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Roy Proposal A Poor Alternative to Medicaid Expansion

September 16, 2013 Health Policy
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In recent testimony before New Hampshire’s Commission to Study Expanded Medicaid Eligibility, Avik Roy, a Senior Fellow at the Manhattan Institute for Policy Research, presented an alternative to expanding Medicaid under the Affordable Care Act. While many of the details of the plan remain unknown, it seems likely that it would cover far fewer people than the expansion New Hampshire is now considering, would impose unaffordable out-of-pocket costs on participants, and would forgo the economic benefits of accepting billions of dollars in federal funds.

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Medicaid Expansion in NH: Health Care Coverage for Thousands; Little or No Cost to the State

July 29, 2013 Health Policy

Policymakers in New Hampshire have an opportunity to extend affordable health care coverage to low-income Granite Staters through Medicaid under the Affordable Care Act (ACA). A nine-member commission, created as part of the FY 2014-2015 budget, is working through the summer and into the fall to study the consequences of expanding Medicaid. Evidence recently presented to the commission suggests that Medicaid expansion would benefit roughly 48,000 New Hampshire residents at little or no cost to the state.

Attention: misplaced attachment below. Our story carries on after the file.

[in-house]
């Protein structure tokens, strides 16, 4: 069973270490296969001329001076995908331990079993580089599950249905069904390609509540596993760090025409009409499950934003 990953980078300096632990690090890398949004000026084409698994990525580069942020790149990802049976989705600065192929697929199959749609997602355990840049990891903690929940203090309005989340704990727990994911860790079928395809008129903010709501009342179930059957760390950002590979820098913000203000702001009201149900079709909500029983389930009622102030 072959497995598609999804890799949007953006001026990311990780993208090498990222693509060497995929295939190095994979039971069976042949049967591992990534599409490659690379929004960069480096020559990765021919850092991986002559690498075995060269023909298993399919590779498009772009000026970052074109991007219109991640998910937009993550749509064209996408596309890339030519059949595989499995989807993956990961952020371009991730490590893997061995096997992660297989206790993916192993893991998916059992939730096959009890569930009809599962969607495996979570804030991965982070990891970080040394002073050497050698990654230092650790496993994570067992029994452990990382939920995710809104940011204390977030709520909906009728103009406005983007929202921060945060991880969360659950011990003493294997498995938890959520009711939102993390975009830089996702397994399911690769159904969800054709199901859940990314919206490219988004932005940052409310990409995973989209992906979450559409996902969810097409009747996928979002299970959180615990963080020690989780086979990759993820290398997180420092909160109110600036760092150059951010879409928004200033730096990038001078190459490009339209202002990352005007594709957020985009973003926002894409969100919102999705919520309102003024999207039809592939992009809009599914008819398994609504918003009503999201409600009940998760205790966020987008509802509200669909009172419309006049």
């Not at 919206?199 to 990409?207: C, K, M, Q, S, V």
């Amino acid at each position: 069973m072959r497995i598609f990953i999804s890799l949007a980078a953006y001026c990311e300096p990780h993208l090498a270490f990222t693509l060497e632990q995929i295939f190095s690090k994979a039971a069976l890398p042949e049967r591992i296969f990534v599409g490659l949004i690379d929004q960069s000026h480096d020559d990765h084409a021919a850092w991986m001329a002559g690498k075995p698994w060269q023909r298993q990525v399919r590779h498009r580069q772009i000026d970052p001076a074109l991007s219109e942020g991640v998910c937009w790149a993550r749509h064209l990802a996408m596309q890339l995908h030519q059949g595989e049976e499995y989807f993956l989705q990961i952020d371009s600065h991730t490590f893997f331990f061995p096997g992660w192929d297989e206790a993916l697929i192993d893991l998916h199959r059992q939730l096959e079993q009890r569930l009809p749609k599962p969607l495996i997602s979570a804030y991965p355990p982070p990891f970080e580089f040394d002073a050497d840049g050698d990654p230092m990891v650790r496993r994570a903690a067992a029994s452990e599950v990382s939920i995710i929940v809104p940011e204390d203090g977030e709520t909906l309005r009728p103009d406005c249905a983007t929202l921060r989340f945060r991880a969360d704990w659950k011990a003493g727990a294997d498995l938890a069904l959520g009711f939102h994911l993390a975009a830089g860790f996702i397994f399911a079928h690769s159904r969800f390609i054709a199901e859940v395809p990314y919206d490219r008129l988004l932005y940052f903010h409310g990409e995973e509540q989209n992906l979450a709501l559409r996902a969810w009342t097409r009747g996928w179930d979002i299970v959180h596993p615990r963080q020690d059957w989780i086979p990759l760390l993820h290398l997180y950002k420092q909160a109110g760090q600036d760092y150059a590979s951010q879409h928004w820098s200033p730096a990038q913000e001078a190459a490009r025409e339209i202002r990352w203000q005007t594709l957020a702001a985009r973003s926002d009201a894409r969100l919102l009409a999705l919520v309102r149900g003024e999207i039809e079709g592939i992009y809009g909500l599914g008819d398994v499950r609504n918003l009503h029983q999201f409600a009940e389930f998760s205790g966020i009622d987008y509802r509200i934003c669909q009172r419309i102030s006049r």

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Fact Sheet: New Hampshire’s Medicaid Program

July 15, 2013 Health Policy

Medicaid is a decades-old partnership between states and the federal government that currently provides health insurance to 137,000 low-income residents in New Hampshire. However, its reach is limited. Many hard-working but low-earning Granite State adults are not eligible for the program, leaving many uninsured. This fact sheet explains the current program’s strengths and limitations as lawmakers consider whether to accept federal funds to extend Medicaid to more low income adults.

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State Delays Implementation of Medicaid Work Requirements, Citing Potential Coverage Losses

11 Jul 2019

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Earlier this week, New Hampshire state officials suspended the implementation of the work and community engagement requirements for expanded Medicaid beneficiaries until September 30. The Department of Health and Human Services had no information on the compliance of approximately 17,000 individuals, which would have meant up to that many individuals would have lost their health coverage starting in early August if they did not provide information and fulfill their required hours by the end of July. With this suspension, coverage losses due to noncompliance with the work requirements would not take place until early December, barring any other intervening policy changes from the state or federal governments or the pending results of legal action.